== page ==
- Item 105089 - Massachusetts Bay Colony Pine Tree shilling coin, Castine, ca. 1671
- Contributed by Maine Historical Society
- Item 105089
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- *Credit line must read: Collections of Maine Historical Society
This Pine Tree shilling coin was part of a large cache of coins found at the mouth of the Bagaduce River, indicating the area's thriving trade in the 1600s. The center decoration of the coin depicted a pine tree, and the coin was stamped with the text "MASATHVSETS.IN" and "NEW ENGLAND/ANDOM/1652/XII."Show Details
Present day Castine was a contested area of overlapping Wabanaki, English and French claims for centuries. In 1674, during a period of French control, Dutch privateers attacked the fort and took the Baron of Saint-Castin (Jean Vincent d’Abbadie) and others hostage for ransom. When Saint-Castin returned to Castine in 1677, he established a trading post among Wabanakis on the Bagaduce River, about six miles from the old fort.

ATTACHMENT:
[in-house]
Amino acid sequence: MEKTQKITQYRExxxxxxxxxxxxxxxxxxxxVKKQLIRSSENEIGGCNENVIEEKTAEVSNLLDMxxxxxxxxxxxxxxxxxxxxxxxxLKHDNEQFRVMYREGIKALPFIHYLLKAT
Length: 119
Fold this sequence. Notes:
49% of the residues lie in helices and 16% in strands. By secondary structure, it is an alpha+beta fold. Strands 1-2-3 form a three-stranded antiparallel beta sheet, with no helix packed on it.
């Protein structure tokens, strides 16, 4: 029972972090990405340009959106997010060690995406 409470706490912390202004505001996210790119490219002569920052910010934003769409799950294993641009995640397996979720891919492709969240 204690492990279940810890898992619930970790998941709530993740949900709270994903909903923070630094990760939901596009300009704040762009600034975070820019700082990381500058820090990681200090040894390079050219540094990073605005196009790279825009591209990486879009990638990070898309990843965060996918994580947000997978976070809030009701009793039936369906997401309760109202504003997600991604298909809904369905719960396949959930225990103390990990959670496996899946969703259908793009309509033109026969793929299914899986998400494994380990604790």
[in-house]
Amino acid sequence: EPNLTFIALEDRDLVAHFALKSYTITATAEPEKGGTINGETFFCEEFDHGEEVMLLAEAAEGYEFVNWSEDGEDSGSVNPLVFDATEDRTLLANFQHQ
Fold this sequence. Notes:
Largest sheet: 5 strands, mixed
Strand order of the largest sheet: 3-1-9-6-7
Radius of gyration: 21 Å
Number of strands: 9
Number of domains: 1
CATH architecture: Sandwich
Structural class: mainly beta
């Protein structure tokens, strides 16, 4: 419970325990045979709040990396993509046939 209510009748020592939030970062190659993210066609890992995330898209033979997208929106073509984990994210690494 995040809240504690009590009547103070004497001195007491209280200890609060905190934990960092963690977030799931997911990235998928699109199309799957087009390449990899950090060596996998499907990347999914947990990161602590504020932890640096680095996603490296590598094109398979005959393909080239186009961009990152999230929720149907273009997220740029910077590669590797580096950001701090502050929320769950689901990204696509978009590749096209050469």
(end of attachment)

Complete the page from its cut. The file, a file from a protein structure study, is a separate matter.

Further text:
In 1684 Chief Madockawando’s daughter, Pidianiske (baptized as Molly Mathilde), married Saint-Castin and solidified the alliance between the French and Penobscot. Family ties and reciprocal relations gave Saint-Castin a stronger footing among Wabanaki people than the English settlers and traders encroaching up the coast. There are many Penobscot descendants of Jean Vincent and Pidianske in Maine, including WWII combat medic Charles Shay and Penobscot tribal historian James Francis.
In 1840, the Grindle family found hundreds of coins buried on their farm. It is possible that this coin was part of a secret stash from Saint-Castin’s trading post.